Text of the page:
ALLIED WAR COMMISSIONS TO THE UNITED STATES. Beginning in April 1917, a succession of conferences took place in the United States, the main objects of which were to co-ordinate the efforts of the Entente Allies and of the United States and to discuss the conduct of the war in Europe. The chief commissioners entrusted by their re spective governments with such important du ties were men of high distinction and ability; the conferences at Washington were supple mented by visits to many other cities; every where the commissioners were received with cordial demonstrations of enthusiasm; during the long voyages and land journeys no serious mishap occurred; and, finally, the results at tained were pronounced both satisfactory in their immediate effect and of far-reaching importance for the future.
The first commissions to reach the United States were those from. Great Britain and France. The British mission was composed of the Rt. Hon. Arthur James Balfour, foreign minister; Sir Eric Drummond; Ian Malcom, member of Parliament; C. F. Dormer and G. Butler, personal staff; Rear-Admiral Sir Dudley R. S. de Chair; Fleet Paymaster Vincent Law fort ; Major-General Bridges ; Capt. H. H. Spen der-Clay and Lord Cunliffe, governor of the Bank of England. In addition to the foregoing, James H. Thomas and Charles W. Bowerman, members of the House of Commons, were selected by Premier Lloyd-George to explain in detail the measures taken in Great Britain to solidify the labor resources. The personnel of the French mission was announced 18 April as follows: M. Viviani (Rene Viviani), former premier and minister of justice; Marshal Joffre; Vice-Admiral Chocheprat; Marquis de Cham brun, member of the Chamber of Deputies. Attached to the French mission were: M. Si mon, inspector of finances; M. Hovelacque, in spector-general of public instruction. Members of Marshal Joffre's staff were: Lieutenant Colonel Fabry, Lieutenant-Colonel Remond, Commandant Requin, Lieutenant de Tessan and Major Dreyfus. The British commissioners left England 11 April on a fast cruiser; arrived at Halifax 20 April; at the Canadian town of McAdams were welcomed by the American reception committee, headed by Sec retary of State Long, Rear-Admiral Fletcher and Major-General Wood; and on 22 April arrived in Washington. The French mission crossed on a steamship of the French Line which was convoyed across the Atlantic. The safe arrival of the commissioners was an nounced 24 April. A permanent technical French commission to the United States which arrived in Washington 16 May had as its chief Capt. Andre Tardieu, French deputy and publi cist, and its membership included several of the most eminent scholars of France. Six members of the Italian war commission reached New York 9 May, the other members arriving later in the month. The Italian envoys were: Prince Ferdinand of Savoy (Prince of Udine, cousin of King Victor Emmanuel) ; Senator Guglielmo Marconi inventor of wireless telegraphy; Mar quis Luigi Borsarelli di Rio Freddo, under sec retary of foreign affairs; Deputy Ciufelli, mem ber of the Council of State and former min ister of public instruction; Deputy Nitti, former minister of agriculture; Enrico Arlotta, finan cier and minister of maritime and railway trans portation in the Italian cabinet; General Gughe motti, representing the army; Commander Vannutelh, representing the navy; Aloise Bra gadoni, of the transportation department; Cavalier G. Pardo, of the department of in dustry and commerce; and Cavalier G. Pietra, of the agricultural department. The departure of the French envoys was kept secret. They sailed from New York 15 May on the same steamer which brought them over; were con voyed by a French warship and reached Brest 23 May. The British envoys, after six weeks of conferences, crossed into Canada 25 May; and on 11 June Lord Northcliffe arrived in the United States, having been appointed as Mr.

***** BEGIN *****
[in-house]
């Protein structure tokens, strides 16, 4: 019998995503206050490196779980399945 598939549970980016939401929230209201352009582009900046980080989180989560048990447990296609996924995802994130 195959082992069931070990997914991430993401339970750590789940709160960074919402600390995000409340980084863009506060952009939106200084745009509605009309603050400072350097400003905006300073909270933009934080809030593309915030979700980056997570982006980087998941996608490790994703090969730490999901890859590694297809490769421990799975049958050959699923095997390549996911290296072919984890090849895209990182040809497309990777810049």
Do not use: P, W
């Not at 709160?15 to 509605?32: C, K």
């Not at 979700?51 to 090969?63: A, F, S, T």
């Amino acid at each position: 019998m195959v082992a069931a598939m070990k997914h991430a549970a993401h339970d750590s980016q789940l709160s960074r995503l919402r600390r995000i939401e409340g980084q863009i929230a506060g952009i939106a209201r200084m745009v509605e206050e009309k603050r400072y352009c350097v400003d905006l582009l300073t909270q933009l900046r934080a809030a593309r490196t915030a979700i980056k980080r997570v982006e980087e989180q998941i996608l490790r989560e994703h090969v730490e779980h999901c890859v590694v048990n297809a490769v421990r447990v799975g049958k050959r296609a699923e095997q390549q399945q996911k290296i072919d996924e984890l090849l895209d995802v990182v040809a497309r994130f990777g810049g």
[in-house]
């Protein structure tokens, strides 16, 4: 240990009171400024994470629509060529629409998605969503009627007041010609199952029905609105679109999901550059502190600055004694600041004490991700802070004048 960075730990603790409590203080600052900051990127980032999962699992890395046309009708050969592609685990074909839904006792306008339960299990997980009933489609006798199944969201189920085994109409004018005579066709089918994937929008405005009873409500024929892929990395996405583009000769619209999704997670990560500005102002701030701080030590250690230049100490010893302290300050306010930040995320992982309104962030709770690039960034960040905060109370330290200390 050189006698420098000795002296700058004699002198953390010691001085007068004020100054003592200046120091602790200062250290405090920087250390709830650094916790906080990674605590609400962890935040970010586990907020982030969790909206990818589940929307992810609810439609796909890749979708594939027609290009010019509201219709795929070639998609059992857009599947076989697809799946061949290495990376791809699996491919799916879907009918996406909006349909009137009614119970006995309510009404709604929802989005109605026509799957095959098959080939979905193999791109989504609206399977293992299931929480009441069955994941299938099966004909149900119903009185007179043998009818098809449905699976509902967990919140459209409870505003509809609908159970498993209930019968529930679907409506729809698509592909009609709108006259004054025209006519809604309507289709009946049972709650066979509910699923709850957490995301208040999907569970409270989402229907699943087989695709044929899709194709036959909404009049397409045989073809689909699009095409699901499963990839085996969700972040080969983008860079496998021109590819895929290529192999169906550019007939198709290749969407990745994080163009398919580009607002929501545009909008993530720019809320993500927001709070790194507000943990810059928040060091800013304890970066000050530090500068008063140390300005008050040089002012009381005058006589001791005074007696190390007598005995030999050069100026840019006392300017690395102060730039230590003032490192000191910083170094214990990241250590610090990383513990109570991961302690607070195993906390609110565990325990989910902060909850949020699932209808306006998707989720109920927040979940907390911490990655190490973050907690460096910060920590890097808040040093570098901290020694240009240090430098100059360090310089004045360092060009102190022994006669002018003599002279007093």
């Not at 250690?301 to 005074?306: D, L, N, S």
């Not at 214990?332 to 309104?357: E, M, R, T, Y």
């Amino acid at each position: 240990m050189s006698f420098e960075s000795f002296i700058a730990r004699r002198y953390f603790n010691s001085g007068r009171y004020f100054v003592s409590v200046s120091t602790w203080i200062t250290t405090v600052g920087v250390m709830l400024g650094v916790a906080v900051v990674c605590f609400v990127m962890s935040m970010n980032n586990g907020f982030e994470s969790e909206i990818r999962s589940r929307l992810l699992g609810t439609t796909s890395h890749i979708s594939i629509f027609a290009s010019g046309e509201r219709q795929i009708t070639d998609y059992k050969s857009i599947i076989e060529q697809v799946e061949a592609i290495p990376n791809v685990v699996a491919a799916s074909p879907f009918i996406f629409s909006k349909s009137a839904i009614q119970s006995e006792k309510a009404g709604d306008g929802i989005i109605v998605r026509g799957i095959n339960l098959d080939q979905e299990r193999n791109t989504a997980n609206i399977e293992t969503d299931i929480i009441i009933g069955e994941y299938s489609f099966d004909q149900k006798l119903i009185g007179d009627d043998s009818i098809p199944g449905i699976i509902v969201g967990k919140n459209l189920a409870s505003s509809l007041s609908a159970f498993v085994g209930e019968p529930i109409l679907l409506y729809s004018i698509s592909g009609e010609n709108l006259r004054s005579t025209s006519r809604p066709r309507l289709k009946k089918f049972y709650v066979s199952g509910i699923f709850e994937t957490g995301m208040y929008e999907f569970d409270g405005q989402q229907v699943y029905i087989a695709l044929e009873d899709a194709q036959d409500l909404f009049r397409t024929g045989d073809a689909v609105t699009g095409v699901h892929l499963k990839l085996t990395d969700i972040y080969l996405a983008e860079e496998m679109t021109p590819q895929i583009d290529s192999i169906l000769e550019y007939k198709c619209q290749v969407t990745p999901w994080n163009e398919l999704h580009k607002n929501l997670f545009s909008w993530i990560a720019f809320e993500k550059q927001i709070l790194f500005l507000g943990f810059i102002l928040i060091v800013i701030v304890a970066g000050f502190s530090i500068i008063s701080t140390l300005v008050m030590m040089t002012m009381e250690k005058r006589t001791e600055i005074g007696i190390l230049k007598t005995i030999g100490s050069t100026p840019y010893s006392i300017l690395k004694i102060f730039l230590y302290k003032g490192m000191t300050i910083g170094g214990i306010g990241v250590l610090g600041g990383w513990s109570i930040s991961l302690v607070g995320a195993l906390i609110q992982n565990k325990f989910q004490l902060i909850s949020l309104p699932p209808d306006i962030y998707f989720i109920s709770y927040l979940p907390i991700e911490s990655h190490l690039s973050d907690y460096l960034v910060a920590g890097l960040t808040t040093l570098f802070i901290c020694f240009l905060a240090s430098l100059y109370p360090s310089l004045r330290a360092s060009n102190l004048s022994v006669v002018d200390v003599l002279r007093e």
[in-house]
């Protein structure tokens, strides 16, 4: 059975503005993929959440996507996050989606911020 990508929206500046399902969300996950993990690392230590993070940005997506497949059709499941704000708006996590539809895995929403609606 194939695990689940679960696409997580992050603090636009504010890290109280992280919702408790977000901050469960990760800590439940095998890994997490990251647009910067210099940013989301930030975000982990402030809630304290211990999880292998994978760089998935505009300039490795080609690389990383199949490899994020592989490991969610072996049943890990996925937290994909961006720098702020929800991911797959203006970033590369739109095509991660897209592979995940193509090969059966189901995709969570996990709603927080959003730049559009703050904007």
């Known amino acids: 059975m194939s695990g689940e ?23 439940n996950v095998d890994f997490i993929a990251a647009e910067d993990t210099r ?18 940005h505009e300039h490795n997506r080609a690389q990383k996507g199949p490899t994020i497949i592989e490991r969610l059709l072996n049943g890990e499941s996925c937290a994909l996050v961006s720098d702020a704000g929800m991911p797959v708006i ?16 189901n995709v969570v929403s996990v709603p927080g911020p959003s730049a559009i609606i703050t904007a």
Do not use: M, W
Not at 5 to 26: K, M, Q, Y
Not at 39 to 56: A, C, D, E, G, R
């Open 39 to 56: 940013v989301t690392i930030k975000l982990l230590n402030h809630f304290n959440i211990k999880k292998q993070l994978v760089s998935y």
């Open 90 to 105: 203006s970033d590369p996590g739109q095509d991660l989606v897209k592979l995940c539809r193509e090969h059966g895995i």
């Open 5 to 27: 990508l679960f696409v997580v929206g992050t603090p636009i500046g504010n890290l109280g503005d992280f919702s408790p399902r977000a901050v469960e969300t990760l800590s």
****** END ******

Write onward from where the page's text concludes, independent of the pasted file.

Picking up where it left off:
Balfour's successor in the American phase of war measures initiated by the British mission. On 16 June the Belgian war commission ar rived. Its members were: Bason Moncheur, formerly Belgian minister to Washington; Maj.-Gen. Mathieu G. A. Leclerq; Count Louis D'Ursel; Maj. Leon Osterrieth, formerly mili tary attache of the Belgian legation at Petro grad; and Hector Carher, a bank expert of international reputation. When greeting this mission, 18 June, President Wilson expressed America's *solemn determination that on the inevitable day of victory Belgium shall be restored to the place she has so richly won among the self-respecting and respected nations of the earth.° On 19 June the Russian mission reached Washington. The members of this special embassy, in the order of their rank, were: Ambassador Boris A. Bakhmetieff ; Lieutenant-General Roop, representative of the Russian army; Professor Lomonosoff, member of the Council of Engineers and representative of the ministry; Professor Borodine, represen tative of the ministry of agriculture; M. No-. vitzky, representative of the ministry of fi nance; M. Soukine, first secretary of legation, ministry of foreign affairs; Captain Dubassoff of the guard, aide-de-camp; and Captain Less than one month afterward the Japanese commission reached the Pacific coast of•the United States. The chief envoy was Viscount Kikujiro Ishii, formerly the foreign minister of the Japanese empire. Other members of the commission were : Vice-Admiral Isam Take shita, formerly naval attaché of the Japanese embassy at Washington; Maj.-Gen. Shoichi Sugano; Matsuzo Nagai, secretary to the for eign department; Capt. Shokyo Ando; Maj. Seiji Tamakawa and Tadanao Imai, the sec retary. Viscount Ishii's first formal and com prehensive statement concluded with the words : •Let us see together with a clearer vision the pitfalls dug by a cunning enemy in our path; let us [the United States and Japan] together fix our eyes upon the star of principle which shall lead us together most surely to a participation in the triumph of the right, to a certain victory in the greatest and, let us hope, the last great war in human history. And when that victory shall have been won, let us together help in the upbuilding of a new world, which shall rise, fair and strong and beautiful, from the ashes of .the old." With the arrival of the Japanese commission in Washington, 22 August, and its subsequent visits to New York and other cities of the eastern seaboard, the series of conferences which we are recording reached the point at «hirh int, al gains in the international arrangements for o-ordination of the efforts of the principal Entente Allies may be .noted. The measures actually adopted or tentative' decided upon included: The grant ing of huge loans to the Allies; the sending of troops of the United States (in the first in stance a with a regiment of marines and nine regiments of engineers, under command of Major-General Pershing) for in France ; adherence to and full co operation ,% ith the British blockade system; the expediting of the American ship-building pro gram, and the turning over of seized German ships to France, Italy and Russia ; the provision made for a system of joint food-control with the Allies the diplomatic arrangements for the granting to the Allies of preferential treatment in commerce and for harmonious action in many specified matters of international im portance, including ultimately policies and de velopments relating to the Pacific as well as to the Atlantic summer and autumn of 1917 the es also received visits from the neutral na tions, Norway, Switzerland, Holland, as well as those representing belligerent nations identi fied with the cause of the Entente Allies, rather as participants than as leaders. In January 1918 the Serbian commission visited Washing ton and other cities, and was well received.